TAMPA — Game 2 of the Stanley Cup Final wasn’t a banner night for starting goalies.

Ben Bishop surrendered three goals before exiting the game, twice, under mysterious circumstances. The second time, he left for good.

As for Corey Crawford? Four goals allowed on 24 shots, one ugly one to Tyler Johnson, and some less-than-stellar performance reviews.

The first, from his head coach!

Q. What is your assessment of Crawford in this one tonight?


Crawford’s self-assessment was equally blunt.

“It’s frustrating,” he explained. “I felt good but it’s not good enough”

“I can’t let that happen again.”

The final two goals — surrendered to Jason Garrison and Tyler Johnson — annoyed Crawford, but the latter irked him the most, a bank shot scored from a bad angle.

“I don’t want to give that up,” Crawford said. “I don’t think he was trying to do that. He kind of fanned on his backhand, hit the side of the net, I don’t know if it bounced up, I kind of lost it from there, but I felt something on my back.

“You can’t give those up in these games. That’s two goals I pretty much just gave them and gave them momentum back.”

Of course, rough playoff reviews aren’t anything new for Crawford. He’s faced plenty of criticism over the last few years about his play — in 2013, much was written about Boston exposing his glove hand; last year, he finished the Western Conference Final against the Kings with an .878 save percentage; in this year’s opening round, he was parked in favor of Scott Darling after two shaky outings against Nashville.

Yet Crawford is the same guy that’s won over 40 postseason games in five years, with a .920 save percentage and 2.26 GAA. He’s also the same guy that helped Chicago win a Cup two seasons ago.

That’s probably why, regardless of games like tonight, the Blackhawks have consistently had his back.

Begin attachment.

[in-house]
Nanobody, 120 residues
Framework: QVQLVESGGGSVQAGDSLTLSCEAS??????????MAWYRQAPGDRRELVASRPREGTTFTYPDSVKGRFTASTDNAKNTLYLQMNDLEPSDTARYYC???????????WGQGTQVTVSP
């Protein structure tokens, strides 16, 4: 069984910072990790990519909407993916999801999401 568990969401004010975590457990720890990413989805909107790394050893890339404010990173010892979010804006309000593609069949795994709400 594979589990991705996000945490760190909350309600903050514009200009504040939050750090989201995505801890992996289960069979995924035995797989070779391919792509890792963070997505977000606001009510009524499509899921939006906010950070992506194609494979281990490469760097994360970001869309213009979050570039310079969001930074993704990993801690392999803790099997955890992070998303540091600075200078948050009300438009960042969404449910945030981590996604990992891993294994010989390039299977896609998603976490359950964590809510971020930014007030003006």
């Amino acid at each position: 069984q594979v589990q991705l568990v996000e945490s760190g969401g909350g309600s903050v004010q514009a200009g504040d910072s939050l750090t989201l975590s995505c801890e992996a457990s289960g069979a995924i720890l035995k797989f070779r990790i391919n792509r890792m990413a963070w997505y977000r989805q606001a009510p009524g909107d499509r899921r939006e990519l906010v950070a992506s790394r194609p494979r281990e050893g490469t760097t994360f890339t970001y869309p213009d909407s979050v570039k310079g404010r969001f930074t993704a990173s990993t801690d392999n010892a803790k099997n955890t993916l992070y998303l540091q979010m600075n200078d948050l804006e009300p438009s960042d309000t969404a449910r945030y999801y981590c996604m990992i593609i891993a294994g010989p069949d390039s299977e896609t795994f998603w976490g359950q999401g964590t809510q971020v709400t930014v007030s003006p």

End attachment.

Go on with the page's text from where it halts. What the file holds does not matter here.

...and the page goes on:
“I don’t really follow media the way you guys do so I don’t know what’s said or not outside,” ‘Hawks defenseman Johnny Oduya said. “In the locker room, we know what kind of player he is. He’s always been tremendous here. He’s a hard competitor. He loves the game.

“Every time it’s on the line, we know we can trust him.”

Tampa Tough: Bolts overcome adversity to draw even in Cup Final


TAMPA — Well, that was interesting.

In a game with so many compelling storylines — tons of offense, multiple lead changes and a bizarre situation with Ben Bishop twice exiting the contest — the Tampa Bay Lightning wrote the biggest and most important one by defeating the Blackhawks 4-3 on Saturday night, evening up the Stanley Cup Final at one game apiece.

For the Bolts, it was a gutsy victory. Though they refused to call it a must-win, tonight’s game was pretty much that — Since the Stanley Cup Final went to best-of-7 in 1939, teams that go down 0-2 have lost 44 of 49 times.

And getting this series to 1-1 wasn’t easy.

The Lightning had a legitimate beef with Chicago’s 3-3 goal in the third period, as Marian Hossa clearly interfered with Ben Bishop’s pad prior to the puck crossing the line. The officials convened briefly to discuss the incident but — with video replay and coach’s challenges not coming into effect until next season — there was nothing to be done; the goal stood, and the Blackhawks erased a one-goal Tampa lead for the second time on the night.

Shortly thereafter, things got weird.

Bishop left the game briefly midway through the frame, paving the way for 20-year-old Russian rookie Andrei Vasilevskiy to make his series debut. Vasilevskiy then proceeded to stand in net, not face any shots, yet end up the goalie of record as he was in when Jason Garrison scored at 8:49 for what proved to be the game-winner.

Immediately after Garrison scored, Bishop came back in — only to exit again minutes later, forcing Vasilevskiy to go back in goal and finish out the game.

The netminder drama and interference goal overshadowed one of the night’s major themes — that Game 2 was, as many will point out, a showcase of the hockey most expected but failed to witness in the series opener. It was fast, skilled and filled with scoring chances — a far cry from Game 1, which featured just three goals and a third period where Tampa went 13 minutes without a shot.

Tonight, Chicago and Tampa combined to score seven goals on nearly 65 shots. Sixteen different players scored at least a point, with the high-octane “Triplets” line of Tyler Johnson, Ondrej Palat and Nikita Kucherov combining for three.

It set the stage nicely for what promises to be an entertaining Game 3, when the two teams switch locations to the United Center in Chicago.


Bolts rookie Jonathan Drouin made his series debut and had two shots in 7:52 of ice-time… Nine different players had single points for Chicago, with Teuvo Teravainen scoring his second goal in as many games… Patrick Sharp wore the goat horns in the third period, taking back-to-back penalties, the second of which Garrison converted for the GWG… Vasilevskiy finished with five saves on five shots, Bishop with 21 on 24… Corey Crawford finished with four goals allowed on 24 shots.